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Labour MP Accuses NI Secertary Of State James Brokenshire Of Snubbing Irish National Anthem

Labour MP Accuses NI Secertary Of State James Brokenshire Of Snubbing Irish National Anthem
By Conor Neville
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Northern Ireland Secretary of State James Brokenshire attended his first Gaelic football match at the weekend when he travelled to Newry for the McKenna Cup Final between Tyrone and Derry.

Lovely. But he's copping flak from an Armagh born Labour MP Conor McGinn, who sits for St. Helen's in Lancashire, who asserts that Brokenshire delayed his arrival so as to avoid standing for Amhrán na bhFiann.

McGinn accused the Secretary of State of "snubbing" the national anthem in an interview with Good Morning Ulster on BBC Radio.

I think that's quite a regressive step. I'm confused and bemused by it and I've asked him to clarify why he did it.

Four years ago Her Majesty The Queen visited Dublin and Croke Park, we've since had a reciprocal visit from the Irish president where both anthems were played with mutual respect, were attended by the Taoiseach (Irish prime minister), the prime minister, other ministers.

So what I want to find out is: Is this a change of protocol and why Mr Brokenshire didn't observe the normal courtesies and protocols around the playing of the national anthem?


When he attended the same fixture in 2012, then First Minister Peter Robinson arrived in the brief interval between the end of Amhrán na bhFiann and the throw-in.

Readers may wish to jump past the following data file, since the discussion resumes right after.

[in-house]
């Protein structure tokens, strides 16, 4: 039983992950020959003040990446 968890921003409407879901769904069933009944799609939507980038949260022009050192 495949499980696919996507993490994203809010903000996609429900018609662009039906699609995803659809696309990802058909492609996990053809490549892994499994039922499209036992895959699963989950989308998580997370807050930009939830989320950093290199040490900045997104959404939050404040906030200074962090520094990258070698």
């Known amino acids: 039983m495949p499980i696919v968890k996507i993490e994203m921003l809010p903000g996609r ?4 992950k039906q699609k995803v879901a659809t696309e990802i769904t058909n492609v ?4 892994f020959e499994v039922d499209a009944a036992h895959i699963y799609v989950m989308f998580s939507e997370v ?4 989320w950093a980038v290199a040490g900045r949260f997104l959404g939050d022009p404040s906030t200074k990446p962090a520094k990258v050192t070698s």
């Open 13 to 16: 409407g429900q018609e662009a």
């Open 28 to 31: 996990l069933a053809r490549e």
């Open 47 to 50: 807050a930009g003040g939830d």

Just as a reminder that this is a cross-community practice, Sinn Féin Minister for Sport Carál Ní Chuilín waited until 'God Save the Queen' was finished before taking her seat at her first Northern Ireland soccer international in 2011.

McGinn says this is par for the course but he is adamant that Brokenshire should be above such gestures. He is a UK minister and as such should be "above the fray".


He should observe proper respect and protocols for the Irish national anthem, in the way that I would expect the Irish foreign minister to observe the protocols of the UK national anthem.

For what it's worth, he is far from the first British politician to attend a GAA match. Some high profile examples include Neil Kinnock, who attended the 1989 All-Ireland hurling final between Tipperary and Antrim.

Then there was the late Tony Banks, the colouful and witty Minister for Sport and Chelsea nut, who attended the 1998 All-Ireland football final between Galway and Kildare. Afterwards, he was interviewed by Marty Morrissey, praised the match to the skies (rightly so) and insisted that Kevin Walsh ("Kevin here beside me") was "undoubtedly the Man of the Match." The panel disagreed and gave the Waterford Crystal to Michael Donnellon.


Brokenshire's predecessor Theresa Villiers also attended the 2013 All-Ireland final, where she was supporting the Tyrone minors.

Read more: The Football Stadiums Which Dublin Could Have Today - But Which Were Never Built

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